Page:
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Mosquito-borne chikungunya latest threat to outdoor workers

Symptoms of disease can be debilitating

Mosquito-borne chikungunya latest threat to outdoor workers

Employers with outdoor workers should prepare for chikungunya, a mosquito-borne disease that began spreading stateside last year.

The U.S. Centers for Disease Control and Prevention calls chikungunya an emerging infectious disease, putting it in the same category as Ebola and Middle East respiratory syndrome, “which respect no national boundaries (and) can challenge efforts to protect workers, as prevention and control recommendations may not be immediately available.”

Chikungunya infections have been reported in Africa, Asia, Europe, islands in the Indian and Pacific oceans and the Caribbean, and the Americas, according to the CDC.

Some 2,492 cases of the virus were reported in U.S. states last year, including 11 locally transmitted cases in Florida — the first time chikungunya was transmitted within the U.S., according to the CDC. The rest were from travelers infected abroad.

In addition, there were 4,513 chikungunya cases reported in U.S. territories last year. All but 46 were locally transmitted cases.

There have been no locally transmitted U.S. cases so far this year, but sources say that likely will change as it gets warmer, so employers with outdoor workers should take steps to recognize and prevent such infections.

With incubation of three to seven days, the virus can cause fever, severe joint and muscle pain, headaches, joint swelling and rash for about one to two weeks, said Morgan Hennessey, Fort Collins, Colorado-based epidemic intelligence service officer at the CDC.

While death is rare, chikungunya symptoms are “debilitating,” Mr. Hennessey said of the illness the CDC is investigating to determine why some people have longer, more severe symptoms.

Infected Aedes aegypti and Aedes albopictus mosquitoes — the same ones that carry dengue and yellow fever — are likely to be found in the U.S. South around houses and buildings, Mr. Hennessey said. Unlike other species, these mosquitoes tend to bite during the day, making chikungunya an even bigger concern for outdoor workers, he said.

Sources speculate the workers compensation industry will handle the disease in the same way as West Nile, also a mosquito-borne virus that's been in the U.S. about 15 years.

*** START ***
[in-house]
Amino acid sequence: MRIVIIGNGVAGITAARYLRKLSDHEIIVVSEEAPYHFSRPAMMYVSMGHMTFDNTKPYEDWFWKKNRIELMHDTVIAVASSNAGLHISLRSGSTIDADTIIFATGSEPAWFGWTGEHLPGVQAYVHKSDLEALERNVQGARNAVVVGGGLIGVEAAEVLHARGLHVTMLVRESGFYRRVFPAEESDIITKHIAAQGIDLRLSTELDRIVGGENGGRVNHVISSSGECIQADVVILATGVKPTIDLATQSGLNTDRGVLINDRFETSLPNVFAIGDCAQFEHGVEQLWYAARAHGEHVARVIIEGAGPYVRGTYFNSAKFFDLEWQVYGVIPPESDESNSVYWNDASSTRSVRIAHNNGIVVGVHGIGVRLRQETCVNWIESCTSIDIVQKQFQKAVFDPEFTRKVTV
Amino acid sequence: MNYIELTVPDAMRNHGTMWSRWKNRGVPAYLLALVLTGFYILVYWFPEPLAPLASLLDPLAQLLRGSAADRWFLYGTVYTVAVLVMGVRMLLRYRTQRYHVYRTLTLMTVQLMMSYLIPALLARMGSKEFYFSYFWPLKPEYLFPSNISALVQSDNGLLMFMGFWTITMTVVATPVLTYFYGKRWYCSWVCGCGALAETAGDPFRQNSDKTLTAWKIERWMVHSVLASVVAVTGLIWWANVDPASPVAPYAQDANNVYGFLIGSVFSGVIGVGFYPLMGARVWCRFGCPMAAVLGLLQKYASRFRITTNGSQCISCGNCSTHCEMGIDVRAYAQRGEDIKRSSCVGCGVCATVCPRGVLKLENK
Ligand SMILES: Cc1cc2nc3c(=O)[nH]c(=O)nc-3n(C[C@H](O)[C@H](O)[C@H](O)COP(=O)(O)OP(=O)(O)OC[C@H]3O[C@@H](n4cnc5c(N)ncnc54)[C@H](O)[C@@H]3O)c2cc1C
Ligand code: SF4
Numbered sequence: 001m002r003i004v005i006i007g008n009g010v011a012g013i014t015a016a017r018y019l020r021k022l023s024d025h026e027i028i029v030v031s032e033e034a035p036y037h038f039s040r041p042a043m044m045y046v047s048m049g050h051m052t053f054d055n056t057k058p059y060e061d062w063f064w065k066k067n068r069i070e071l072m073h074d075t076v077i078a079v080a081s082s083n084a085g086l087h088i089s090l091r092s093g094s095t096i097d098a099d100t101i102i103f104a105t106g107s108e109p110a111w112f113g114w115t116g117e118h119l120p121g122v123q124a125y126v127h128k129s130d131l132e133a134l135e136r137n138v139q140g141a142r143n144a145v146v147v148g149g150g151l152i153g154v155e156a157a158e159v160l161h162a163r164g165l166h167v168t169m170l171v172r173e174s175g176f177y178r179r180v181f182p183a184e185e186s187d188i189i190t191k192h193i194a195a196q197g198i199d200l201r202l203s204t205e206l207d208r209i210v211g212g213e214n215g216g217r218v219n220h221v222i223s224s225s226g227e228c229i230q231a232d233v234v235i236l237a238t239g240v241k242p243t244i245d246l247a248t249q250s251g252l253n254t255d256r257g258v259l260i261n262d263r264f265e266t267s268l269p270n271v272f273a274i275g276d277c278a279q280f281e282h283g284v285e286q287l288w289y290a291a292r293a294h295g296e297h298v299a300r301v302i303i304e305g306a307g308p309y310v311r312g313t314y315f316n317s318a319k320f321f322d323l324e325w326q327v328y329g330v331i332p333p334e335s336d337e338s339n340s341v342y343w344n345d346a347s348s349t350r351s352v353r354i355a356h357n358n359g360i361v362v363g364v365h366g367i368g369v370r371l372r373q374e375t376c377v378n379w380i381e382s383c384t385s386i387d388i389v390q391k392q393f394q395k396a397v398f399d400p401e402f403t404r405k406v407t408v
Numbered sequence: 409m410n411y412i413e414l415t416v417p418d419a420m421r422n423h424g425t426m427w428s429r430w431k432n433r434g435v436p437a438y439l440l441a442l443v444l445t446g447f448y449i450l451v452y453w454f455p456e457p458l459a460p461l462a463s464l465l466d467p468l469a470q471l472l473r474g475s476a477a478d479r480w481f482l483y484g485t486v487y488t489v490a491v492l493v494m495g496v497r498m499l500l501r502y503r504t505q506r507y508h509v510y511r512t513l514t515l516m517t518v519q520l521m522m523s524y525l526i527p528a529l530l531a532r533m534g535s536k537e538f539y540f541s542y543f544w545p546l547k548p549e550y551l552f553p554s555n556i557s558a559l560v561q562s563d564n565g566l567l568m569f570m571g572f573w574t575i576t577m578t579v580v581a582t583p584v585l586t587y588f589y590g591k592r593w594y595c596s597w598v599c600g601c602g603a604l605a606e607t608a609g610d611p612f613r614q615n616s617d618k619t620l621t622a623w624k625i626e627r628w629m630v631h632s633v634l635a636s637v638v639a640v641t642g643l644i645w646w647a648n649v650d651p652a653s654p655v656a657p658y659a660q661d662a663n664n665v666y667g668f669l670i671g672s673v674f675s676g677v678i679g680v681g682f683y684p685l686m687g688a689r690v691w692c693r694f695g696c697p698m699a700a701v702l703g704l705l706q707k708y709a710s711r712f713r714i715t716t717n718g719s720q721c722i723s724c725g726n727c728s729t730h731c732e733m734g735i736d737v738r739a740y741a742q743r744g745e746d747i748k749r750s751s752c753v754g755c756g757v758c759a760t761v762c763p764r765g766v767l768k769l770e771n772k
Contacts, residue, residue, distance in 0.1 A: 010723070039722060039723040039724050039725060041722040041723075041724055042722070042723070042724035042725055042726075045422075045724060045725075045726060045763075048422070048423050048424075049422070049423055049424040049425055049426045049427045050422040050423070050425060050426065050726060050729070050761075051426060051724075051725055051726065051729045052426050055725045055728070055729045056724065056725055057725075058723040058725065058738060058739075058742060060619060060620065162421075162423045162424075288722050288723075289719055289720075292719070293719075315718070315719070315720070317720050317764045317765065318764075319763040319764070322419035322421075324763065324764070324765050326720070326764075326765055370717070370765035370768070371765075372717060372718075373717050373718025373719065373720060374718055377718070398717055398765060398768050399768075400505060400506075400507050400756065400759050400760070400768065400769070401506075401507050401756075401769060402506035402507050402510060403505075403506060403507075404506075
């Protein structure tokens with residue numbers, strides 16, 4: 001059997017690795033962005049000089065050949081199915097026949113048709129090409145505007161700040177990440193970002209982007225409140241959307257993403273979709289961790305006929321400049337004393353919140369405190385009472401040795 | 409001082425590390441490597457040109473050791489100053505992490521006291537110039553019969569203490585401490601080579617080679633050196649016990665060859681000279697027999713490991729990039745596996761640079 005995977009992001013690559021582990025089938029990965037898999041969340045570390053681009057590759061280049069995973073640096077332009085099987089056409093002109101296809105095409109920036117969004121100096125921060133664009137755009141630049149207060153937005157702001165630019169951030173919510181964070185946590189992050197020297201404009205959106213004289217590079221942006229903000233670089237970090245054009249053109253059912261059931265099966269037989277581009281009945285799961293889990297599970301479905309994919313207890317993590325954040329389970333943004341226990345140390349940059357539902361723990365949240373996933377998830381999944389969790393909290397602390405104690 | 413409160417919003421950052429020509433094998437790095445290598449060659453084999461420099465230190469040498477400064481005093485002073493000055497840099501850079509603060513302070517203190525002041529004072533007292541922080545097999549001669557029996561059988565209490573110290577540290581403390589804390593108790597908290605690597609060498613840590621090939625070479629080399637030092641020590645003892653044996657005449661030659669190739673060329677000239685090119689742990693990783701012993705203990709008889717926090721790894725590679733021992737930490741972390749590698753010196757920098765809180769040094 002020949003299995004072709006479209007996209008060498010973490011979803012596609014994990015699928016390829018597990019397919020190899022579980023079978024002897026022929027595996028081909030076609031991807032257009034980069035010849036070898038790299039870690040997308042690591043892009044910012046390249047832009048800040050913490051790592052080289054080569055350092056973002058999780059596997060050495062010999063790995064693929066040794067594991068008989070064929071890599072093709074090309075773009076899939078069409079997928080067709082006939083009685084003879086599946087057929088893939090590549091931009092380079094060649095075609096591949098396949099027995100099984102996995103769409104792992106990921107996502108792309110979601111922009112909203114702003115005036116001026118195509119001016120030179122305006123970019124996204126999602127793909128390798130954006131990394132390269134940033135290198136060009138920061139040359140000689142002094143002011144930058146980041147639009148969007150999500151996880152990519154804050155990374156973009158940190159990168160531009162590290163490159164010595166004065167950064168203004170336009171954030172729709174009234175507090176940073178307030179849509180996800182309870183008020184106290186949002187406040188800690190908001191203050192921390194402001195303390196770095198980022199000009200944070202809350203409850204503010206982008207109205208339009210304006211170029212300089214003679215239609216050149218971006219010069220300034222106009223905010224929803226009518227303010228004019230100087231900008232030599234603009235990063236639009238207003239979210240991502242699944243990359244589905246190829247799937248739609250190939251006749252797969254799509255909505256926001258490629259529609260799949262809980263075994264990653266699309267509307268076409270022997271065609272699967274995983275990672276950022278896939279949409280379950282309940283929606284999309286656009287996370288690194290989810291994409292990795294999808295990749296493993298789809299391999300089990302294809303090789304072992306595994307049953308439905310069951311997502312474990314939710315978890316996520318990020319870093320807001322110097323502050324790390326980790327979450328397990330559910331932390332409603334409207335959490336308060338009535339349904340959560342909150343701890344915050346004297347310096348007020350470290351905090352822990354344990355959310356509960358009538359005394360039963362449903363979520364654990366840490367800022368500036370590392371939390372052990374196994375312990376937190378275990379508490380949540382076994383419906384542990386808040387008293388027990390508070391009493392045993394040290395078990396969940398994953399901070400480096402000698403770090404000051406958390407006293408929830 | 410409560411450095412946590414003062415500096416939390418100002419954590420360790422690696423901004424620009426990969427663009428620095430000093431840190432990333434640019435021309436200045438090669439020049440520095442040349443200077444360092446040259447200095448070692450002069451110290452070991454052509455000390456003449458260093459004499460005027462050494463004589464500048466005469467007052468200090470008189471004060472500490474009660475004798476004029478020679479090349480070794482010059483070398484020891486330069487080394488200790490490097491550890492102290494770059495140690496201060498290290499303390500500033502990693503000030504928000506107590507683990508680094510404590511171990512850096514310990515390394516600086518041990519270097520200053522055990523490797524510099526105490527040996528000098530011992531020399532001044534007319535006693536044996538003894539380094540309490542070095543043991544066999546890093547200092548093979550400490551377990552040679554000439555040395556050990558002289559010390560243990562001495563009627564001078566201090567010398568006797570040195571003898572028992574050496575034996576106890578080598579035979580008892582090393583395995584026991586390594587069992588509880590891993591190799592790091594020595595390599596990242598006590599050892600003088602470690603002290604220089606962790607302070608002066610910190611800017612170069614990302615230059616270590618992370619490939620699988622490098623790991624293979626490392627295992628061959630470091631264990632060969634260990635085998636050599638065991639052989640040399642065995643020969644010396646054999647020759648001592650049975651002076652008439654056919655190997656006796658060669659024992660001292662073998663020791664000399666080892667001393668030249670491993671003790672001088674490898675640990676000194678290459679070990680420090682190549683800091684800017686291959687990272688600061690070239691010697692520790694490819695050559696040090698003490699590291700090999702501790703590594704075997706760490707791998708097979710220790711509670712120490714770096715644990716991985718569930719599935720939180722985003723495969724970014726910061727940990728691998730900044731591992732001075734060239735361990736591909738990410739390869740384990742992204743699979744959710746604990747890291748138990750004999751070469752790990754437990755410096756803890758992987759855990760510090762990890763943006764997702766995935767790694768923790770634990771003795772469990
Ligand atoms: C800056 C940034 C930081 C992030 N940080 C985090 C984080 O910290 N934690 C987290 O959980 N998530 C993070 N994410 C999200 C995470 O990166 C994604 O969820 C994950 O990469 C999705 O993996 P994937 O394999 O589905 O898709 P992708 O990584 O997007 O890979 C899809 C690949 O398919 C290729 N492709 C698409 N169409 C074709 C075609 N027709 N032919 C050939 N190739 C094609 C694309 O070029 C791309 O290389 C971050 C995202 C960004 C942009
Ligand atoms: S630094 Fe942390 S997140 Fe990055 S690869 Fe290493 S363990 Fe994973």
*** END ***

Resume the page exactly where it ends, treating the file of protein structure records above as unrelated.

“Over the past 15 years since the West Nile virus was first identified in North Texas in 2002, the City of Dallas has had only one West Nile virus workers compensation claim filed (and) that claim was unsubstantiated,” spokesmen for the City of Dallas said in an email.

Claims for mosquito-borne diseases are rare since it can be difficult to prove a bite occurred at work — unless other people witnessed the bite, there is an immediate adverse reaction or several workers are affected simultaneously, said Dr. Teresa Bartlett, Troy, Michigan-based senior vice president and medical director of Sedgwick Claims Management Services Inc.

People who spend time outdoors during their free time decrease the likelihood that a bite would be found compensable, said Edward Canavan, Riverside, California-based vice president of workers compensation practice and compliance at Sedgwick.

Still, employers should educate workers about the risks to avoid liability, sources said.

Employers should provide insect repellent and encourage workers to wear light-colored clothing, with long sleeves and pants when possible, according to the CDC. Workers should be discouraged from wearing fragrances and to discard food to avoid attracting insects. It's also a good idea to empty standing water from containers so they don't become breeding grounds for mosquitoes.

While the chikungunya infections have not yet resulted in litigation, West Nile infections have. (see story, page 4)

Just like there's no treatment for chikungunya beyond managing symptoms, there's no way to prevent it beyond avoiding mosquito bites, sources said.

Employers need to realize that even if a case of chikungunya isn't found to be work-related, “it's going to create worker disability,” said Dr. Maury Guzick, Dallas-based branch manager and physician adviser at Genex Services L.L.C., a managed care services provider. “Employers have to be cognizant that this may take an individual out of the workforce for a number of weeks.”

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